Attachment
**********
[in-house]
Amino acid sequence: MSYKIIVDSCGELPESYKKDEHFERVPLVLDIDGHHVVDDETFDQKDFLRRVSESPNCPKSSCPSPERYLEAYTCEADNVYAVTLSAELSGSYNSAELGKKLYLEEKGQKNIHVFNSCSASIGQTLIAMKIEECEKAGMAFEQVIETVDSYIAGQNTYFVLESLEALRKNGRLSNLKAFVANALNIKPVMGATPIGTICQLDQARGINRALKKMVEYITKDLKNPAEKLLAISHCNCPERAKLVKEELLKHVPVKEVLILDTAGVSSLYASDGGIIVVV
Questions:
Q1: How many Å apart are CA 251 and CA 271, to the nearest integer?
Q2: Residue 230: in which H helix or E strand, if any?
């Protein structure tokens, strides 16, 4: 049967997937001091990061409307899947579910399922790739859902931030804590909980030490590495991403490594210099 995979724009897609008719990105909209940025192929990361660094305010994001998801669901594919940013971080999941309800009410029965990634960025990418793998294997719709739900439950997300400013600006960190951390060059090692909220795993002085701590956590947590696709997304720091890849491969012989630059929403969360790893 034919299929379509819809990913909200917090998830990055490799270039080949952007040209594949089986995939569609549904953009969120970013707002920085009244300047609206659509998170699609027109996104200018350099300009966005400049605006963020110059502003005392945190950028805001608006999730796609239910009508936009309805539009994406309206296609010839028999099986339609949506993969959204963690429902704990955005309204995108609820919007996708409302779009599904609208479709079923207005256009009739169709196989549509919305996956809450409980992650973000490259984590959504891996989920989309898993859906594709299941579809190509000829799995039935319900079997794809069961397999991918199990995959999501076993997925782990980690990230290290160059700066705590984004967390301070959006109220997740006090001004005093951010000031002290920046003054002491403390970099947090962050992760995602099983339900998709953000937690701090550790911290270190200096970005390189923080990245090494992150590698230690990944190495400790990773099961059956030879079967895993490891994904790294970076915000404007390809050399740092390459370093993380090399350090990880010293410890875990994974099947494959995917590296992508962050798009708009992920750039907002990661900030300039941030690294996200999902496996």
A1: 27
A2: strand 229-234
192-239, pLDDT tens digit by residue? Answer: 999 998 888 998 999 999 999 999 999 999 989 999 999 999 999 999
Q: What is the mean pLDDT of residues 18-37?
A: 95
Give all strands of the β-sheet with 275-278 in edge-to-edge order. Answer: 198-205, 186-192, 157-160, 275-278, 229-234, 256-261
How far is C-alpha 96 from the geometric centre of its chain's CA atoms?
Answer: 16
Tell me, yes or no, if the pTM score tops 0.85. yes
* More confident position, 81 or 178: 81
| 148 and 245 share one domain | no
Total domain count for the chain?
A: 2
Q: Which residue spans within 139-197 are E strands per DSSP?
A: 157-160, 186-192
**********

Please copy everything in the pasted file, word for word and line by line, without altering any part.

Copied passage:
[in-house]
Amino acid sequence: MSYKIIVDSCGELPESYKKDEHFERVPLVLDIDGHHVVDDETFDQKDFLRRVSESPNCPKSSCPSPERYLEAYTCEADNVYAVTLSAELSGSYNSAELGKKLYLEEKGQKNIHVFNSCSASIGQTLIAMKIEECEKAGMAFEQVIETVDSYIAGQNTYFVLESLEALRKNGRLSNLKAFVANALNIKPVMGATPIGTICQLDQARGINRALKKMVEYITKDLKNPAEKLLAISHCNCPERAKLVKEELLKHVPVKEVLILDTAGVSSLYASDGGIIVVV
Questions:
Q1: How many Å apart are CA 251 and CA 271, to the nearest integer?
Q2: Residue 230: in which H helix or E strand, if any?
């Protein structure tokens, strides 16, 4: 049967997937001091990061409307899947579910399922790739859902931030804590909980030490590495991403490594210099 995979724009897609008719990105909209940025192929990361660094305010994001998801669901594919940013971080999941309800009410029965990634960025990418793998294997719709739900439950997300400013600006960190951390060059090692909220795993002085701590956590947590696709997304720091890849491969012989630059929403969360790893 034919299929379509819809990913909200917090998830990055490799270039080949952007040209594949089986995939569609549904953009969120970013707002920085009244300047609206659509998170699609027109996104200018350099300009966005400049605006963020110059502003005392945190950028805001608006999730796609239910009508936009309805539009994406309206296609010839028999099986339609949506993969959204963690429902704990955005309204995108609820919007996708409302779009599904609208479709079923207005256009009739169709196989549509919305996956809450409980992650973000490259984590959504891996989920989309898993859906594709299941579809190509000829799995039935319900079997794809069961397999991918199990995959999501076993997925782990980690990230290290160059700066705590984004967390301070959006109220997740006090001004005093951010000031002290920046003054002491403390970099947090962050992760995602099983339900998709953000937690701090550790911290270190200096970005390189923080990245090494992150590698230690990944190495400790990773099961059956030879079967895993490891994904790294970076915000404007390809050399740092390459370093993380090399350090990880010293410890875990994974099947494959995917590296992508962050798009708009992920750039907002990661900030300039941030690294996200999902496996």
A1: 27
A2: strand 229-234
192-239, pLDDT tens digit by residue? Answer: 999 998 888 998 999 999 999 999 999 999 989 999 999 999 999 999
Q: What is the mean pLDDT of residues 18-37?
A: 95
Give all strands of the β-sheet with 275-278 in edge-to-edge order. Answer: 198-205, 186-192, 157-160, 275-278, 229-234, 256-261
How far is C-alpha 96 from the geometric centre of its chain's CA atoms?
Answer: 16
Tell me, yes or no, if the pTM score tops 0.85. yes
* More confident position, 81 or 178: 81
| 148 and 245 share one domain | no
Total domain count for the chain?
A: 2
Q: Which residue spans within 139-197 are E strands per DSSP?
A: 157-160, 186-192